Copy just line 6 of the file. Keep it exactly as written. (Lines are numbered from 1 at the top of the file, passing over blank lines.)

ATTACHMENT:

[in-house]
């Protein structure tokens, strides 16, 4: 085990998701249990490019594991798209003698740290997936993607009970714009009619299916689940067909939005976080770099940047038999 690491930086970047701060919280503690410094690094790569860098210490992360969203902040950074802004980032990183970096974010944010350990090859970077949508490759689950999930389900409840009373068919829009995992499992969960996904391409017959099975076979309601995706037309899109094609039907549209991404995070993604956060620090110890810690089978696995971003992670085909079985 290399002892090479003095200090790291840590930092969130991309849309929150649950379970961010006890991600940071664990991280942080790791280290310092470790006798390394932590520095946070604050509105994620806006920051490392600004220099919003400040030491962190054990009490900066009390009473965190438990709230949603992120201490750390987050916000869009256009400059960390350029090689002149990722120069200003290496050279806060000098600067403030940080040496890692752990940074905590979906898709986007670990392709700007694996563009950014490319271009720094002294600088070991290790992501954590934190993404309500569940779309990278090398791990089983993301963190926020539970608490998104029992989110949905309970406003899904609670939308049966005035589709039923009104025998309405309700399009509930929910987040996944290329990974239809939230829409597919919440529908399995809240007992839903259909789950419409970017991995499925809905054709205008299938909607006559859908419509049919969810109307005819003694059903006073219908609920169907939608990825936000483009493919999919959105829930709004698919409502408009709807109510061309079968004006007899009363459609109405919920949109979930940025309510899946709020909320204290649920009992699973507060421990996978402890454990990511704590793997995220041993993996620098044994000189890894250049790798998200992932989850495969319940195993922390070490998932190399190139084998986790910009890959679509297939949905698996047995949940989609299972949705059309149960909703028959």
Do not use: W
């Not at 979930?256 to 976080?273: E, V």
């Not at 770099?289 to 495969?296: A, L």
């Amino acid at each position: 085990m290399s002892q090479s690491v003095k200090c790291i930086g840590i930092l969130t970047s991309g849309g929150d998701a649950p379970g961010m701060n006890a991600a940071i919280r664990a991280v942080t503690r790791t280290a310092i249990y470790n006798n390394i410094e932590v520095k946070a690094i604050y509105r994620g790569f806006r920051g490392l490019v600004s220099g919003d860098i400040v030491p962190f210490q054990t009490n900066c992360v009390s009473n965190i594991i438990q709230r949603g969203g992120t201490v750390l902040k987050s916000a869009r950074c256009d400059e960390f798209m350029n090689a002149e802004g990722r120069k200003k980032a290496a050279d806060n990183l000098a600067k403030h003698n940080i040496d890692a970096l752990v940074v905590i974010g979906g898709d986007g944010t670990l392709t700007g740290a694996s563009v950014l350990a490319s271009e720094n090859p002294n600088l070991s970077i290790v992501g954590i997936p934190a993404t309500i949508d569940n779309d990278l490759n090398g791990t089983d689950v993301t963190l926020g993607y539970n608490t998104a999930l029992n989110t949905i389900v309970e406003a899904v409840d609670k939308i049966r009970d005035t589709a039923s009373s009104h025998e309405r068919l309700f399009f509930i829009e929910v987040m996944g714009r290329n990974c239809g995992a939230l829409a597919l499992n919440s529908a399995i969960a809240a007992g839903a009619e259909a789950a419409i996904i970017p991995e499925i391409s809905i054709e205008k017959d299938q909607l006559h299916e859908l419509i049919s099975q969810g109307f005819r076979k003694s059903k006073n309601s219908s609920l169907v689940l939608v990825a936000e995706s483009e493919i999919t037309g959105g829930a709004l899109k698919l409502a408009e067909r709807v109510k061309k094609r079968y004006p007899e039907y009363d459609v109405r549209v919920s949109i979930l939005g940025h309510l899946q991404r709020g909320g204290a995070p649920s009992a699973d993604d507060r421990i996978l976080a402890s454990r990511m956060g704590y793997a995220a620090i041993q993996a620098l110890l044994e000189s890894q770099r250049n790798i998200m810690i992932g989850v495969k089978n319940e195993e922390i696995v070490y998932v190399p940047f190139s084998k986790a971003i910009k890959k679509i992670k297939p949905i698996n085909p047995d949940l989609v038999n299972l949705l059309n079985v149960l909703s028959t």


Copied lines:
């Amino acid at each position: 085990m290399s002892q090479s690491v003095k200090c790291i930086g840590i930092l969130t970047s991309g849309g929150d998701a649950p379970g961010m701060n006890a991600a940071i919280r664990a991280v942080t503690r790791t280290a310092i249990y470790n006798n390394i410094e932590v520095k946070a690094i604050y509105r994620g790569f806006r920051g490392l490019v600004s220099g919003d860098i400040v030491p962190f210490q054990t009490n900066c992360v009390s009473n965190i594991i438990q709230r949603g969203g992120t201490v750390l902040k987050s916000a869009r950074c256009d400059e960390f798209m350029n090689a002149e802004g990722r120069k200003k980032a290496a050279d806060n990183l000098a600067k403030h003698n940080i040496d890692a970096l752990v940074v905590i974010g979906g898709d986007g944010t670990l392709t700007g740290a694996s563009v950014l350990a490319s271009e720094n090859p002294n600088l070991s970077i290790v992501g954590i997936p934190a993404t309500i949508d569940n779309d990278l490759n090398g791990t089983d689950v993301t963190l926020g993607y539970n608490t998104a999930l029992n989110t949905i389900v309970e406003a899904v409840d609670k939308i049966r009970d005035t589709a039923s009373s009104h025998e309405r068919l309700f399009f509930i829009e929910v987040m996944g714009r290329n990974c239809g995992a939230l829409a597919l499992n919440s529908a399995i969960a809240a007992g839903a009619e259909a789950a419409i996904i970017p991995e499925i391409s809905i054709e205008k017959d299938q909607l006559h299916e859908l419509i049919s099975q969810g109307f005819r076979k003694s059903k006073n309601s219908s609920l169907v689940l939608v990825a936000e995706s483009e493919i999919t037309g959105g829930a709004l899109k698919l409502a408009e067909r709807v109510k061309k094609r079968y004006p007899e039907y009363d459609v109405r549209v919920s949109i979930l939005g940025h309510l899946q991404r709020g909320g204290a995070p649920s009992a699973d993604d507060r421990i996978l976080a402890s454990r990511m956060g704590y793997a995220a620090i041993q993996a620098l110890l044994e000189s890894q770099r250049n790798i998200m810690i992932g989850v495969k089978n319940e195993e922390i696995v070490y998932v190399p940047f190139s084998k986790a971003i910009k890959k679509i992670k297939p949905i698996n085909p047995d949940l989609v038999n299972l949705l059309n079985v149960l909703s028959t």